Sexual harassment victims should be encouraged to contact police, says NGO head

Saturday, November 19th, 2011
A young woman, conservatively dressed and veiled, was momentarily paralyzed in disbelief when a high school boy groped her derriere as he walked by her.

"I then turned to find him walking away laughing and glancing back at me. I simply exploded; I screamed and gave chase," she said.

Her experience with sexual harassment is just one example of what happens to millions of women in Egypt.

The victim of sexual harassment or the harasser can generally be any gender; but in Egypt, sexual harassment is almost exclusively conducted by men against women.

"Sexual harassment means, any unwanted work against the female desire whether verbal or physical or even uncomfortable looking at the body of the female," said Dr. Magda Adly, the director of the El Nadim Centre for the Rehabilitation of the Victims of Violence.

According to the Harassmap, an online initiative to combat such violence through SMS alerts, there are 10 categories of sexual harassment in Egypt including touching, stalking or following, phone calls, facial expressions and rape or sexual Assault.

"Women sexually harassed have the right to report the attack at the police station. The police transfer the case to the prosecution for further investigation. Then the case is put on trial," said General Nabil Gad, professor of criminal investigation at the Police Academy.

"Harassers can be imprisoned for six months or more depending on the degree of their crime," General Gad added.

However, for Adly sexual harassment is a violent crime using sex just as a tool. "The perpetrators of sexual crime attack all women whatever they [are] dressed [in], young girls and sometimes babies. It is [a] violent crime like beating and killing."

Regardless of their dressing style, age or company on the street, almost all women are potential victims of sexual harassment. Nevertheless very few victims report sexual harassment to the authorities.

"The number of cases [filed] yearly by people sexually harassed is not reflective of the reality because many Egyptians consider this act a scandal and they don't have the courage to take this step," said Hadier El-Mahdi, a senior at Cairo University's Law School.

With very few cases reported to the police, harassers end up escaping prosecution and punishment thereby contributing to a continued rise in sexual harassment incidents.

"Absence of punishment, hiding the crime from the victims' side for fearing of social blame, absence of state institutes that can give support to female victims of sexual violence are main reasons for the widespread of this behavior in Egypt," said Adly.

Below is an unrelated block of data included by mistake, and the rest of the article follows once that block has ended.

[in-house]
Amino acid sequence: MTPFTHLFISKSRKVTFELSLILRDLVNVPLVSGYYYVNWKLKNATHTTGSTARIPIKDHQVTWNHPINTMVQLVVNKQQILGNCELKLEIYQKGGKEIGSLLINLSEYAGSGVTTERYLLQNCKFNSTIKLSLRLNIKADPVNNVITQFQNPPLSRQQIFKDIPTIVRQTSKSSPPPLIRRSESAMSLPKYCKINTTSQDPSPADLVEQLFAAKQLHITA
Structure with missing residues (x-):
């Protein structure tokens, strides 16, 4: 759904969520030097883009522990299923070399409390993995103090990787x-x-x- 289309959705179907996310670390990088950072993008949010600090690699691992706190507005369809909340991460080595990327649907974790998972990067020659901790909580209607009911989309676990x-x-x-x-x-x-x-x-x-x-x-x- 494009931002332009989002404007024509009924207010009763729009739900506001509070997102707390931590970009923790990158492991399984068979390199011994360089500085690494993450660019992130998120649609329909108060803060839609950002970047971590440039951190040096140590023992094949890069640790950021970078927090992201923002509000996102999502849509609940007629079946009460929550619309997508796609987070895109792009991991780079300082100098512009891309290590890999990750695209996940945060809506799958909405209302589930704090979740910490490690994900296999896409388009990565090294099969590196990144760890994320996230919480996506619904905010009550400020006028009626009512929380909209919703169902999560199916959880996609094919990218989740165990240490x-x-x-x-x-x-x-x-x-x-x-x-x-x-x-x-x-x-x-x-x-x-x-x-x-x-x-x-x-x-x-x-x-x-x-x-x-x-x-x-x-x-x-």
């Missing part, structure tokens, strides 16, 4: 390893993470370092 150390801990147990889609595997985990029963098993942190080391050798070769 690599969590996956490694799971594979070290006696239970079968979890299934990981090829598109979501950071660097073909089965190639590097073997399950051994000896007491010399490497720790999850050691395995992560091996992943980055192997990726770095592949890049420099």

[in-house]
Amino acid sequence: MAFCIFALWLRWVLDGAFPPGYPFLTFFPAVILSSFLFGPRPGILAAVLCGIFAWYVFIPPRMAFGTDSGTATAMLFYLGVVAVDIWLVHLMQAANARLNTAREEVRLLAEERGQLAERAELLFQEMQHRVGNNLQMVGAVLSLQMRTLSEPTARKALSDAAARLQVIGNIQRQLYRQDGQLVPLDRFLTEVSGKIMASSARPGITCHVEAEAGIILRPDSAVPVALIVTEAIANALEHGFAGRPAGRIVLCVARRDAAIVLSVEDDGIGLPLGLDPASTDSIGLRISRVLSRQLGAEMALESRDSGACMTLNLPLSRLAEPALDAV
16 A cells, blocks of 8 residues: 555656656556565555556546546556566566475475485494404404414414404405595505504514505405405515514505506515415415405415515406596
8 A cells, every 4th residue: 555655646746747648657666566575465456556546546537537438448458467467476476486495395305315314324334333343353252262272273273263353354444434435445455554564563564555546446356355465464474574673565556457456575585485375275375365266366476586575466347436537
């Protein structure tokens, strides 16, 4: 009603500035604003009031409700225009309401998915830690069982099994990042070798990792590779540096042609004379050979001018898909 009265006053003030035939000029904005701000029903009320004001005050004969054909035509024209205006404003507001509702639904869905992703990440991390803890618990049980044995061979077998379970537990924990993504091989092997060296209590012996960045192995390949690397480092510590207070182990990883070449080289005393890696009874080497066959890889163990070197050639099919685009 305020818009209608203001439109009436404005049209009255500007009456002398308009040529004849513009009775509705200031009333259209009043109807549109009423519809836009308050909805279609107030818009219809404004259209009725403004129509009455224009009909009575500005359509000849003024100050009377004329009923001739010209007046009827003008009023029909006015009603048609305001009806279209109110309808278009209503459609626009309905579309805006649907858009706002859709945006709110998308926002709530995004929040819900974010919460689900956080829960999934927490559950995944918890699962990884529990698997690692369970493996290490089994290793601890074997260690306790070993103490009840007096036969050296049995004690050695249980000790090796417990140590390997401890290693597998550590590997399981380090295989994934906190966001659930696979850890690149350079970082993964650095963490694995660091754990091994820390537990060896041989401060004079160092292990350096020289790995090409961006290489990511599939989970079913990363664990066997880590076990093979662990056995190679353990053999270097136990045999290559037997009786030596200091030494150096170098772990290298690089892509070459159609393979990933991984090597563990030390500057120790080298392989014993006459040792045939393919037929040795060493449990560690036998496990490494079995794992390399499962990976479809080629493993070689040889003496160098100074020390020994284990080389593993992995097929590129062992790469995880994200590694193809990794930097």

Efforts to fight sexual harassment have significantly increased since video of two women being groped by dozens of men during Eid 2006 first emerged online.

The January 25 Revolution has also allowed greater freedom for people to speak against this specter.

A number of campaigns - promoted by social media networks, such as Twitter and Facebook -, launched by NGOs like the El Nadim Center and projects such as Harassmap are playing a crucial role in raising awareness of sexual harassment.

Many AUCians participated in the June 20 online campaign on Twitter to end sexual harassment.

"I was harassed a number of times and still get harassed obviously so I took part in it. I tweeted saying I object to such behavior and that nowadays I don't feel safe and I always carry pepper spray with me," said Lojain Ibrahim, a Mass Communication junior.

"All Egyptians, especially women and human rights activists, should take part in the fight against sexual harassment. Raising awareness and launching continuous campaigns against violence against women (VAW) of all forms in and outside the family is essential," said Adly.

Adly suggests that women should be encouraged to follow legal recourse against perpetrators of sexual violence. She says such actions as well as establishing more counseling centers in support of women, and changing the gender stereotypes in the media and the education system will go a long way to combatting sexual harassment in Egypt.

Giving proper sexual education in Egypt is also essential in ending sexual violence.

Adly says most young girls get exposed to sexual violence from a family member whom they know and the family trusts. Hence, sexual education will raise girls' knowledge about body rights and decrease the potential abuse they are susceptible to.